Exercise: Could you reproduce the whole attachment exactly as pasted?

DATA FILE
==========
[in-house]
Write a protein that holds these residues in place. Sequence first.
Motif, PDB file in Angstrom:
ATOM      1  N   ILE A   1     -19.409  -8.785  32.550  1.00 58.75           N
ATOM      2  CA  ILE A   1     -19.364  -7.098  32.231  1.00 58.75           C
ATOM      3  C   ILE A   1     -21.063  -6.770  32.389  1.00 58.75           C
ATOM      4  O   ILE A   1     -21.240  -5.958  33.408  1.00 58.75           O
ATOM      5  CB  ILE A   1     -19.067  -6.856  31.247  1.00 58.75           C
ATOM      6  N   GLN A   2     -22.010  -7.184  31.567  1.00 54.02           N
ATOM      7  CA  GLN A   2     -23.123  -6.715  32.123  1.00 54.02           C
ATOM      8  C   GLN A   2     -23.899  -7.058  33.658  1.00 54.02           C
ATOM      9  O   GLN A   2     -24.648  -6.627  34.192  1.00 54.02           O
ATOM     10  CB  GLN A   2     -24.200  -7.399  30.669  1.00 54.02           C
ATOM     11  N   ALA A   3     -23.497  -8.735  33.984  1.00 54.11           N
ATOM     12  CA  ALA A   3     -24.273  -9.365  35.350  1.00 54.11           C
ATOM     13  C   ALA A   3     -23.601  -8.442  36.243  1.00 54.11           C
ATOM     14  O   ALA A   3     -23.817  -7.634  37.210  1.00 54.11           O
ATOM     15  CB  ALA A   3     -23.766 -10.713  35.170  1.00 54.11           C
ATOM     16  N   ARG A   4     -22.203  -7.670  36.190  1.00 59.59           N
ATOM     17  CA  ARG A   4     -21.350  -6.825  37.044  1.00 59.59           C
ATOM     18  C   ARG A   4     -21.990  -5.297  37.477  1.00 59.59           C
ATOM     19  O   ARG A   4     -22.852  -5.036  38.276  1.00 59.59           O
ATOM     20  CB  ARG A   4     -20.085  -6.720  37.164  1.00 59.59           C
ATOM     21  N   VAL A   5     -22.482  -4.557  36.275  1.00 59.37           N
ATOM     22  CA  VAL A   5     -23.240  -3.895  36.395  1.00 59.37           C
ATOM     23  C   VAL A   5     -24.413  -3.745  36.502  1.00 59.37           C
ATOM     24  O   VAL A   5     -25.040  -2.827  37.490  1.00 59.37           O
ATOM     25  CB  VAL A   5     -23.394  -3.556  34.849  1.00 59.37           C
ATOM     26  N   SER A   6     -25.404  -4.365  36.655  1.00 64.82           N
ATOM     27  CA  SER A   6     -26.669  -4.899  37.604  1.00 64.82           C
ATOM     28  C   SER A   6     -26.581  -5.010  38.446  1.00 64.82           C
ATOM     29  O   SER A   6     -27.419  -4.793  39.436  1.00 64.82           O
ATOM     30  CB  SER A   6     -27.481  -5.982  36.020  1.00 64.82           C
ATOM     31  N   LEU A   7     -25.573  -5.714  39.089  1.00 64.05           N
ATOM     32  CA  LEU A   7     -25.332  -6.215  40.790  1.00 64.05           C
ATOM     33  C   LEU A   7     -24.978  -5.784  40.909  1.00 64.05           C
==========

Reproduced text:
[in-house]
Write a protein that holds these residues in place. Sequence first.
Motif, PDB file in Angstrom:
ATOM      1  N   ILE A   1     -19.409  -8.785  32.550  1.00 58.75           N
ATOM      2  CA  ILE A   1     -19.364  -7.098  32.231  1.00 58.75           C
ATOM      3  C   ILE A   1     -21.063  -6.770  32.389  1.00 58.75           C
ATOM      4  O   ILE A   1     -21.240  -5.958  33.408  1.00 58.75           O
ATOM      5  CB  ILE A   1     -19.067  -6.856  31.247  1.00 58.75           C
ATOM      6  N   GLN A   2     -22.010  -7.184  31.567  1.00 54.02           N
ATOM      7  CA  GLN A   2     -23.123  -6.715  32.123  1.00 54.02           C
ATOM      8  C   GLN A   2     -23.899  -7.058  33.658  1.00 54.02           C
ATOM      9  O   GLN A   2     -24.648  -6.627  34.192  1.00 54.02           O
ATOM     10  CB  GLN A   2     -24.200  -7.399  30.669  1.00 54.02           C
ATOM     11  N   ALA A   3     -23.497  -8.735  33.984  1.00 54.11           N
ATOM     12  CA  ALA A   3     -24.273  -9.365  35.350  1.00 54.11           C
ATOM     13  C   ALA A   3     -23.601  -8.442  36.243  1.00 54.11           C
ATOM     14  O   ALA A   3     -23.817  -7.634  37.210  1.00 54.11           O
ATOM     15  CB  ALA A   3     -23.766 -10.713  35.170  1.00 54.11           C
ATOM     16  N   ARG A   4     -22.203  -7.670  36.190  1.00 59.59           N
ATOM     17  CA  ARG A   4     -21.350  -6.825  37.044  1.00 59.59           C
ATOM     18  C   ARG A   4     -21.990  -5.297  37.477  1.00 59.59           C
ATOM     19  O   ARG A   4     -22.852  -5.036  38.276  1.00 59.59           O
ATOM     20  CB  ARG A   4     -20.085  -6.720  37.164  1.00 59.59           C
ATOM     21  N   VAL A   5     -22.482  -4.557  36.275  1.00 59.37           N
ATOM     22  CA  VAL A   5     -23.240  -3.895  36.395  1.00 59.37           C
ATOM     23  C   VAL A   5     -24.413  -3.745  36.502  1.00 59.37           C
ATOM     24  O   VAL A   5     -25.040  -2.827  37.490  1.00 59.37           O
ATOM     25  CB  VAL A   5     -23.394  -3.556  34.849  1.00 59.37           C
ATOM     26  N   SER A   6     -25.404  -4.365  36.655  1.00 64.82           N
ATOM     27  CA  SER A   6     -26.669  -4.899  37.604  1.00 64.82           C
ATOM     28  C   SER A   6     -26.581  -5.010  38.446  1.00 64.82           C
ATOM     29  O   SER A   6     -27.419  -4.793  39.436  1.00 64.82           O
ATOM     30  CB  SER A   6     -27.481  -5.982  36.020  1.00 64.82           C
ATOM     31  N   LEU A   7     -25.573  -5.714  39.089  1.00 64.05           N
ATOM     32  CA  LEU A   7     -25.332  -6.215  40.790  1.00 64.05           C
ATOM     33  C   LEU A   7     -24.978  -5.784  40.909  1.00 64.05           C